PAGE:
by Gene Benedict
October 25, 2017

I was up way before daylight and on my way to Dunnellon. It was early October, about this time of year, not that long ago. Dad and I were going fishing out of Yankeetown. We had in mind catching some big reds and he knew where they were.          

He had an open boat, shallow draft, good freeboard, something less than 20 feet long, handbuilt sometime in the late 50’s. The motor was a 35 horse Evinrude from the 60’s with cable controls for steering and throttling from a small console midboat on the starboard side. The boat sat on a homemade two-wheeled trailer with a heavy iron frame.          

Three could fish comfortably and four, maybe, with careful attention to placement of gear and equipment. This day there were only two, Dad and me.     

  After breakfast, we set out on State Road 40 for Yankeetown. SR-40 runs from Daytona on the east to Yankeetown on the west and ends in a doublewide launching ramp into the water along side the channel at the mouth of the Withlacoochie River. We stopped along the way to pick up bait. We pulled up to the ramp at the first dim light of the day.          

It started raining about half way there, no real concern for anyone seriously after reds. By the time we got there the wind was up, coming in hard from the southwest. Down toward Crystal River and somewhere to the east all the way out into the Gulf was this dark, purple black sky low on the horizon.          

Noticeably absent were the boats, the trailers, the vehicles of others who fished these waters and who launched from this ramp and who parked on both sides of the road. It felt weird. We swung around to back the trailer down the ramp. Getting out of the vehicle with the rain heavy now, we watched the water climb steadily up the ramp several inches each minute or so.          

This boat was not going into the water now. Drenched, we climbed back into the vehicle to move to higher ground. On the north, a few hundred yards from the ramp, was a small picnic area with a beach, a couple of shelters, and a basic concrete block building housing “Hers” on this side and “His” on the other.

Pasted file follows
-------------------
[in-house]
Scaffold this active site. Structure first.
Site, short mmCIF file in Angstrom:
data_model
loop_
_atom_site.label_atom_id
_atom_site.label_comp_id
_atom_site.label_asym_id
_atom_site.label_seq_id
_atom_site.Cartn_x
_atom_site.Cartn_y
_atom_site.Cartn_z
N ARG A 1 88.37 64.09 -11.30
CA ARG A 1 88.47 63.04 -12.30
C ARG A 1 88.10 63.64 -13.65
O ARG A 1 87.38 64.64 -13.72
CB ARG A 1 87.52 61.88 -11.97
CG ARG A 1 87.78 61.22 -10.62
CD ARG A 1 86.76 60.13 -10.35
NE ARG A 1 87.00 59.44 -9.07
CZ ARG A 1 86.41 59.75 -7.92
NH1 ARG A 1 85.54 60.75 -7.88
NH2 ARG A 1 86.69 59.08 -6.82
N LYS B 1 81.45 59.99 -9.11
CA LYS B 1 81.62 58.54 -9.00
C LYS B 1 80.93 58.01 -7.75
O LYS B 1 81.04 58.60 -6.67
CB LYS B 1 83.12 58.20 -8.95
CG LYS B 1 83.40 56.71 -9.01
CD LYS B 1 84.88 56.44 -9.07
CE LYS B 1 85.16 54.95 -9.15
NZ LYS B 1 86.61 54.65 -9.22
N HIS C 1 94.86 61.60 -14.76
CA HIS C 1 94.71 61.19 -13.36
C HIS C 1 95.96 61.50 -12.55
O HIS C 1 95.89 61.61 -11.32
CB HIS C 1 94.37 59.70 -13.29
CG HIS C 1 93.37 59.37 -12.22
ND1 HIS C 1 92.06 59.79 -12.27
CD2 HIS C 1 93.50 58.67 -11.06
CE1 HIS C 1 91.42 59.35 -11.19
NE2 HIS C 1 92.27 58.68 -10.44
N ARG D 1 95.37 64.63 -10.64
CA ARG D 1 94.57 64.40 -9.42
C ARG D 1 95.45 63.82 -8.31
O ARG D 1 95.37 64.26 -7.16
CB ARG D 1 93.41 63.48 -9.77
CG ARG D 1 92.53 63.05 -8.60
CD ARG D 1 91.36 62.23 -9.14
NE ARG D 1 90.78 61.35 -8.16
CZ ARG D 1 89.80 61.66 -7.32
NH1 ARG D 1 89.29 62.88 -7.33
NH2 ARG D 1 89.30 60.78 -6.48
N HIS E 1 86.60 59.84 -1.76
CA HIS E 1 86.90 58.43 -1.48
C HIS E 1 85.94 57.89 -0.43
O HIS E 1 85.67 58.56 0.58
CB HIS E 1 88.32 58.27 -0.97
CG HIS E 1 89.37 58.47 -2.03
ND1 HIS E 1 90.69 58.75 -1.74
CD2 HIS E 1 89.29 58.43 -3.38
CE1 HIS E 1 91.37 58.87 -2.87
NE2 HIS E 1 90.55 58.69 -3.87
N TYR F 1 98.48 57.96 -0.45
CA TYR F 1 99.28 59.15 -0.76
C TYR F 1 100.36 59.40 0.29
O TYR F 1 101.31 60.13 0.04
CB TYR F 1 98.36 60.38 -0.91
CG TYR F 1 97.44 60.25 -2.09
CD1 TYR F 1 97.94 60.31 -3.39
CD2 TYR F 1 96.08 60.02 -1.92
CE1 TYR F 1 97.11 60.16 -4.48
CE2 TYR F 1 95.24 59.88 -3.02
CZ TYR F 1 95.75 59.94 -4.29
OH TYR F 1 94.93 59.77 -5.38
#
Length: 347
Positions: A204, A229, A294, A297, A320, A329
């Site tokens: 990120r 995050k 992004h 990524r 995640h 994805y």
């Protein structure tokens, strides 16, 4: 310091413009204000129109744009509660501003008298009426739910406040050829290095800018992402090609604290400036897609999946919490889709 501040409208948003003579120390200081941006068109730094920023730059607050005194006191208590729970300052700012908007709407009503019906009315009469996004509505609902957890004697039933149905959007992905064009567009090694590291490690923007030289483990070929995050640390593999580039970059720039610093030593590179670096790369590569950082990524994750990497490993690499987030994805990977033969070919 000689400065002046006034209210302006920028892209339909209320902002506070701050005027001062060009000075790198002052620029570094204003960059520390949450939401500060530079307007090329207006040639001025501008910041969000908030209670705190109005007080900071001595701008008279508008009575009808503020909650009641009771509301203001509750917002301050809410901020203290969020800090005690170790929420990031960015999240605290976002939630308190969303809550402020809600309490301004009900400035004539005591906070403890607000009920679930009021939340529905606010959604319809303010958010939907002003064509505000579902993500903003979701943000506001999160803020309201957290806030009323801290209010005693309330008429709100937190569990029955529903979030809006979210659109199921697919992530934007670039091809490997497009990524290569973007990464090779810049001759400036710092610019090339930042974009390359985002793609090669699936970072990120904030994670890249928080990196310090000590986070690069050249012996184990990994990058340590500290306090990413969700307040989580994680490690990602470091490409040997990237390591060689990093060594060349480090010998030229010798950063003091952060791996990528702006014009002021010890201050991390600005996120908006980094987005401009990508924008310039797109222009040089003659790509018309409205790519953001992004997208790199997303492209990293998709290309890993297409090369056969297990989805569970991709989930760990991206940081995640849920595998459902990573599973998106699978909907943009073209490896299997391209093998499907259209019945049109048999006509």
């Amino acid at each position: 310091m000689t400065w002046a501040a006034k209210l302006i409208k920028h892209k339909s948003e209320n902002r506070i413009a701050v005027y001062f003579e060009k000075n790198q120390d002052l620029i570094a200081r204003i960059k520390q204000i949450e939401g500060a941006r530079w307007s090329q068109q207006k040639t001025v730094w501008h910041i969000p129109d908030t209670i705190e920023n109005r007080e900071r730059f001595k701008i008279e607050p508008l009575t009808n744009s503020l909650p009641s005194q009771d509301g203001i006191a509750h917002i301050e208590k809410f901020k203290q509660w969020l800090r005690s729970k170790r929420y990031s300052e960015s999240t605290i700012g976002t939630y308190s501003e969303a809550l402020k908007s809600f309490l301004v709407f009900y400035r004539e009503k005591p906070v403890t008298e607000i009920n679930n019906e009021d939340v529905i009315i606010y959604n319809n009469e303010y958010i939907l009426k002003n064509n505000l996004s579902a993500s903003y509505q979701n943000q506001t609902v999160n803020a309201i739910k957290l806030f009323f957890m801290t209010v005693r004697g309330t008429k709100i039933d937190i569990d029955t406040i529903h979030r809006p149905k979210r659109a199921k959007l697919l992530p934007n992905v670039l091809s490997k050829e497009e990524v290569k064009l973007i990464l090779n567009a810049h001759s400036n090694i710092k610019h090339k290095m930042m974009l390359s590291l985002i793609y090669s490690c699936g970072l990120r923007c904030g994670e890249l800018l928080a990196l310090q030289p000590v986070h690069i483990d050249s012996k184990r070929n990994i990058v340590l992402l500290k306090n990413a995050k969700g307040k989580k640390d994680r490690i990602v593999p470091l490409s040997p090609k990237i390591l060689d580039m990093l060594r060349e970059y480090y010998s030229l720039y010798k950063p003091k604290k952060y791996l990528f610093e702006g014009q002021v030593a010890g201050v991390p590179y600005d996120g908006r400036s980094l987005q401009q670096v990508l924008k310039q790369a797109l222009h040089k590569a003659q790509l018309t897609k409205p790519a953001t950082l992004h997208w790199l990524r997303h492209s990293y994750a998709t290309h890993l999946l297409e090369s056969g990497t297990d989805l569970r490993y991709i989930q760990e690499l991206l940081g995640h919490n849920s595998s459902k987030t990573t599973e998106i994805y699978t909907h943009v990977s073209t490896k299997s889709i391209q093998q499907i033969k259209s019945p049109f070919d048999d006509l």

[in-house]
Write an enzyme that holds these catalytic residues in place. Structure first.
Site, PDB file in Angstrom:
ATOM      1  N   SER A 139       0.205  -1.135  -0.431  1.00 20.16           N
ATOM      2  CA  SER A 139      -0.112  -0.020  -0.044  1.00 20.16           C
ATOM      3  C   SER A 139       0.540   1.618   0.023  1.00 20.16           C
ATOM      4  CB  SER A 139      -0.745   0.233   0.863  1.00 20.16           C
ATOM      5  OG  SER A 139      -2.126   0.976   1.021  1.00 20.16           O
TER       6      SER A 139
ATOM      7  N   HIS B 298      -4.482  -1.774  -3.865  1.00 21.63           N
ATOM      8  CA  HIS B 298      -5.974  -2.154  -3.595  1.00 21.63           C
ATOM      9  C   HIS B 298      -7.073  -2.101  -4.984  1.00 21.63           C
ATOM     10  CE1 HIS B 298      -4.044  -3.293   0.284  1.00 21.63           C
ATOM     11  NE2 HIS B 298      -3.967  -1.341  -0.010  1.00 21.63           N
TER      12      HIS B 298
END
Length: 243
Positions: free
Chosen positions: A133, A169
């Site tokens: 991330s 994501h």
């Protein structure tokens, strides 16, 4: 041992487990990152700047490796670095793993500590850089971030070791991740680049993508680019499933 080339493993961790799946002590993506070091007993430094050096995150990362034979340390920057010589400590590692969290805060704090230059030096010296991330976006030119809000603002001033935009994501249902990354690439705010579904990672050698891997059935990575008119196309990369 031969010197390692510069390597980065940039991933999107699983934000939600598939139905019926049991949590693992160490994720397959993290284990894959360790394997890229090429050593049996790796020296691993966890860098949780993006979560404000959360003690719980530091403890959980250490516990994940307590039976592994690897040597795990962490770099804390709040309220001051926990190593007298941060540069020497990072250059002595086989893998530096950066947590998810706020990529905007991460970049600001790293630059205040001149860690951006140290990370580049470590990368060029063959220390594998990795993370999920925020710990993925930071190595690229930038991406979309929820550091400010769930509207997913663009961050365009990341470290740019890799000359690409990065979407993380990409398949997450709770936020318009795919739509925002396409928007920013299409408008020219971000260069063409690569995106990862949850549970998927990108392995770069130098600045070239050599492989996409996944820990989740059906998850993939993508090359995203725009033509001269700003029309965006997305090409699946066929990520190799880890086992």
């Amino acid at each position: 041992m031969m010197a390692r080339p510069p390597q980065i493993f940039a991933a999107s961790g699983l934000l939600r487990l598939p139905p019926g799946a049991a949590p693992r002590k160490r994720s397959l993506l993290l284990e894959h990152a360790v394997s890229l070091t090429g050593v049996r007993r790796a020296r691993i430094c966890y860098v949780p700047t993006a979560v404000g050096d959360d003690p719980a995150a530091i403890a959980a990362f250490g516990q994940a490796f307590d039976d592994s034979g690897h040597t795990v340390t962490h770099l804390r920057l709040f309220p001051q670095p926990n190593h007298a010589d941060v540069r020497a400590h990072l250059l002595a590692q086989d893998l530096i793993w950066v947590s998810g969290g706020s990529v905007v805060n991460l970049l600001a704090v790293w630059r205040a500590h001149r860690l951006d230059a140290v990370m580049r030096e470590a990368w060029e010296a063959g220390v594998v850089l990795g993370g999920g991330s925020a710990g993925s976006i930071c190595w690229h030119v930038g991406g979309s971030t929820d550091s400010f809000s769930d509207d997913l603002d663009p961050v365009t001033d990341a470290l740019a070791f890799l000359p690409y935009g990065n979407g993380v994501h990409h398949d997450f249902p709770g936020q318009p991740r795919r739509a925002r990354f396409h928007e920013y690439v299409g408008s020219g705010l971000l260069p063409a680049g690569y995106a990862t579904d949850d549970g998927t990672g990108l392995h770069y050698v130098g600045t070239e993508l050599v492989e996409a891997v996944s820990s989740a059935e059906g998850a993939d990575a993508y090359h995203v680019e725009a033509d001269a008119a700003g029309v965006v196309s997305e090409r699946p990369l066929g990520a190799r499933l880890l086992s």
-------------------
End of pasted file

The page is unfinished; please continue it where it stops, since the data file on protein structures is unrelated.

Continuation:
On the way there, the water was already over the road. We pulled up with the nose of the car pointed in direction of the wind with the trailer behind. We both left the car, Dad to “His” on the other side, me, with coffee cup in hand, to the nearest shelter. By this time, that big Coast Guard helicopter with those two huge sets of rotating blades on top had already made perhaps two passes and had moved off, way off.          

The ground where I stood was five or so feet higher than the ramp we had just left, and the basic concrete block building, a foot or so higher than that. The water kept rising. The wind kept rising. I leaned into the wind, one hand on an upright holding the shelter, a pole barn with an angled roof and four poles, no, pilings, holding the roof down.          

The water kept rising. The wind took over, a roar and a howl, and at the same time, a high pitched scream. Then I saw it. The waterspout, the tornado, or whatever bearing down, then no longer bearing down, now there. Water was at my ankles, and something wind born was hammering my legs, my arms, leaving spots, marks, welts that stayed for days. It wasn’t sand as there was no sand out there. Perhaps it was the tips of marsh grass, or hard driven rain, or sleet or hail. Who knows?          

By then, I could no longer see, my eyes glued shut. The coffee cup had long since left. The trash drums, those open ended 55 gallon drums you have all seen, had whirled, rolled, flew, who knew how else into the marsh behind. Both of my arms were wrapped around that post, as was my left leg, my right struggling to maintain balance, an upright position with my back to the wind. Then the roof of the shelter began peeling, leaving, going somewhere off into the marsh.

          By now the water was near my knees. Maybe I could make it to the car, perhaps to a haven. I squinted out one eye only to see that the boat, strapped well to that trailer that was well hitched to the car, was sometimes airborne, sometimes not. Not a good idea. that going for the car, so I just hung onto that post which had so far served me well.

Man, trouble found me that day. Next time we’ll see what else happened to Trouble and Dad and the rest of “Just Another Day Fishing.”

Copyright © by Gene Benedict 25 October 2017